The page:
Name: Carlos Simon
Musical Recommendations: Snarky Puppy, Emily King
Recent Events: Carl Simon was awarded the 2016 Underwood Commission by the American Composers Orchestra after participating in the 25th Annual Underwood New Music Readings in June 2016.
Website: If you enjoyed this interview with Carlos Simon, you can find more information about him on his website.
When did you start composing - and what or who were your early passions and influences?
My father began pastoring a small congregation church in Atlanta in 1996. It was so small that there was no one to play piano on Sundays. At age 10, my parents enlisted me to play on Sundays and I began taking lessons. My teacher taught me how to learn songs “by ear” which is learning the music simply by listening and identifying chords. It was an unorthodox way of teaching because most teachers start with reading and technique, but looking back, this type of training helped me to hear and listen to music completely different from other musicians. It wasn’t long after that I started writing and teaching songs to the congregation. My early are linked to my family’s involvement in church.
For most artists, originality is first preceded by a phase of learning and, often, emulating others. What was this like for you? How would you describe your own development as an artist and the transition towards your own voice?
I grew up listening and playing Gospel music. In fact, my parents only allowed my siblings to listen to Gospel music; anything else was forbidden. My uncles, who were church musicians, were my heroes! They lived in Virginia and had been performing in their father’s church at an early age. My family and I would take trips there during the holidays and I would try to soak up as much musical knowledge as I could— Asking questions, recording them playing (with my tape machine), and watching them play. I would take what they taught me and try to emulate it, not only in my playing, but also in my short compositions.
Gospel music, like Jazz, is an improvisatory genre. You learn to feel the music, hear what others are doing and respond to that musically. Improvisation has allowed me to think freely and confidently about my musical ideas. It is very easy to criticize one’s ideas and become paralyzed creatively by filtering too much. The idea of accepting whatever ideas come has really helped me to develop as an artist.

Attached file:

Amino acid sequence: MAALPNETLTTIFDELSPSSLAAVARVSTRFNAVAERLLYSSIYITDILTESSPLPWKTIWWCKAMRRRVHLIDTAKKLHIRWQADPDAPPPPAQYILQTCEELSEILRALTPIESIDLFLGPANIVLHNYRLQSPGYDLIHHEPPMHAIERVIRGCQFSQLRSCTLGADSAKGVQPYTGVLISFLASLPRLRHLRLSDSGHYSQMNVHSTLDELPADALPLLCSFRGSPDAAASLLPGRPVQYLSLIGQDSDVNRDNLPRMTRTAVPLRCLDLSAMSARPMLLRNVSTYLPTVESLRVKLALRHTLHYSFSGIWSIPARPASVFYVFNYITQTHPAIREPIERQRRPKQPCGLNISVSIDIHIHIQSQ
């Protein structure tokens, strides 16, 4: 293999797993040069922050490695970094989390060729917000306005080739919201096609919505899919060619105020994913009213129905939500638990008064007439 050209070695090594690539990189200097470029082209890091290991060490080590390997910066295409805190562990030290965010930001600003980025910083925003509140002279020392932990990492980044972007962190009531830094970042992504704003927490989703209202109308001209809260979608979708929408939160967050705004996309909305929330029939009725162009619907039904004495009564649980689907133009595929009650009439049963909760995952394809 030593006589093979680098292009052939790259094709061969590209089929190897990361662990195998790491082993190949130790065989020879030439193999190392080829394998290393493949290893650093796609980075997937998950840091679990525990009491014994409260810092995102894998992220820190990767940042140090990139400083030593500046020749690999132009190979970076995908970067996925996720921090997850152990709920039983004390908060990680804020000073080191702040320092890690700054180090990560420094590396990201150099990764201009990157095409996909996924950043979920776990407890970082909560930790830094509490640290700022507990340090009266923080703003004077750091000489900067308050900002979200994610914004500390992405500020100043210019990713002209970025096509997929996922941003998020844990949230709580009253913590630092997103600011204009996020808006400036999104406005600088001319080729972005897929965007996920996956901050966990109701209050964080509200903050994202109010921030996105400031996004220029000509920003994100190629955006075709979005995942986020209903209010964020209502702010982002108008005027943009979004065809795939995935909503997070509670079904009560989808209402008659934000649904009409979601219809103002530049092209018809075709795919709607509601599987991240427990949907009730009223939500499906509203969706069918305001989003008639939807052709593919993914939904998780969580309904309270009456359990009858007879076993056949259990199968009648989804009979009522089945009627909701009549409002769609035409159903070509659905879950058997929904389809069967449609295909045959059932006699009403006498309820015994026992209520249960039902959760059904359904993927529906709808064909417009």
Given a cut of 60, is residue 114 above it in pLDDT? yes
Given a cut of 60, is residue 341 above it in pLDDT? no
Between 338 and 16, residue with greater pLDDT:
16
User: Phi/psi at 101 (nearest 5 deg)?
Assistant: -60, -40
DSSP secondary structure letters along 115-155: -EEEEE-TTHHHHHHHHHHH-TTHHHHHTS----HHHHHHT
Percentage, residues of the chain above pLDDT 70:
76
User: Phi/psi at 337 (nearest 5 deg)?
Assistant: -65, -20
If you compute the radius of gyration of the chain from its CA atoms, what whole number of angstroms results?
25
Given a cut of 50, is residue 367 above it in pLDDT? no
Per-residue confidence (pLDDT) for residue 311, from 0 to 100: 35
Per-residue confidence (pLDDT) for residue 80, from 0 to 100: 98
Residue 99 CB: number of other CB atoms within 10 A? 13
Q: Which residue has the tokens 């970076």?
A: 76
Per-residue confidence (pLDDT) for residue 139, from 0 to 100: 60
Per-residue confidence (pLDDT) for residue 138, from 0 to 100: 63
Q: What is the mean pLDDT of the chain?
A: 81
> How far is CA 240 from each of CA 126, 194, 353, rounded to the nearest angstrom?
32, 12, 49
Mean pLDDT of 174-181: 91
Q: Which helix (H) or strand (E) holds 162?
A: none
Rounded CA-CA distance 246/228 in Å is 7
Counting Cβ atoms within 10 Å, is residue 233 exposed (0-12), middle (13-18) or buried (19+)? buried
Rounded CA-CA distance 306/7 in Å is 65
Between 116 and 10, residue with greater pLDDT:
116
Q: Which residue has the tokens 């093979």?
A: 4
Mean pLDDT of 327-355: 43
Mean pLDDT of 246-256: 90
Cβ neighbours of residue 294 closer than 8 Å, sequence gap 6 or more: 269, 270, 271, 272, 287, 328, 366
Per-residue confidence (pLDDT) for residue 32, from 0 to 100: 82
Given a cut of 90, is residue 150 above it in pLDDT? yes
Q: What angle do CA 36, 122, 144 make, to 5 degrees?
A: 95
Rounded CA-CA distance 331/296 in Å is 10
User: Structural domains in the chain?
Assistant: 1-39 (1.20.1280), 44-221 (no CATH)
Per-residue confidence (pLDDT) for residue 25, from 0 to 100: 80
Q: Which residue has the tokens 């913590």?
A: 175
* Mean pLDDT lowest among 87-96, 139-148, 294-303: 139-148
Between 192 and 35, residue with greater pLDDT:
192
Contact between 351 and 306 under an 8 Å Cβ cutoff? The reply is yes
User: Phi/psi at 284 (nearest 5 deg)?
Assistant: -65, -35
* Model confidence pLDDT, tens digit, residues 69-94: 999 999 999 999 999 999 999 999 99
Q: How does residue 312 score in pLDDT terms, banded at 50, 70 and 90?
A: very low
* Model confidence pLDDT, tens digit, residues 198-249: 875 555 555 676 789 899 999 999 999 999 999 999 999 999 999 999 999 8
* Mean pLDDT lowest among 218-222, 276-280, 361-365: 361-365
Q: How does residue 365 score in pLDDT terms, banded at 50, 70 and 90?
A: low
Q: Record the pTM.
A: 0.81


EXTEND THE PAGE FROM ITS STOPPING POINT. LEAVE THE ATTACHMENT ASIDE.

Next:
What were some of the most important creative challenges when starting out as a composer and how have they changed over time?
One of the most difficult challenges for me was being afraid that people were not enjoying my music. I spent so much time writing music that I thought others would enjoy, but rarely really enjoying the music myself. It was paralyzing. I realized that out of all the music that I wrote, I was only proud of one third of those works. Thinking retrospectively, what was different about those pieces was that they in some way resonated with my ideals and influences as a person. I strongly believe that the art a person creates is influenced by their beliefs, ideals and influences.
Tell us about your studio/work space, please. What were criteria when setting it up and how does this environment influence the creative process? How important, relatively speaking, are factors like mood, ergonomics, haptics and technology for you?
My workspace has been something that has evolved with me as a composer over time. I think it shows all of my stages as a creative artist. I’ve always been a “tech geek” so I have a lot of electronic gear that I have collected over the years. The center piece of my studio is my Mac desktop computer, which houses a variety of programs that give me the freedom to create freely. I use Logic Pro X to improvise and record ideas and if there are ideas that I like then I will refine them in Sibelius or Finale. Like any composer, I like my creative flow to be as streamlined as possible so those two programs have been mainstays in my work flow.
Could you take me through the process of composing on the basis of one of your pieces that's particularly dear to you, please? What do you start with when working on a new piece, for example, how do you form your creative decisions and how do you refine them?
I start with a concept that I try to understand completely and have an emotional/personal connection with it. Once that connection happens, I usually like to draw or map out the piece on paper using adjectives, a variety of scribblings representing feelings and an overall arch of the piece. This gives me a map or blueprint to follow. Doing this gives me a general idea of how I want the music to sound like, which will lead to improvising until I have several ideas to refine later. Feeling and emotion plays an integral part in the process. If I can feel a certain emotion while hearing my ideas then I believe someone else will too.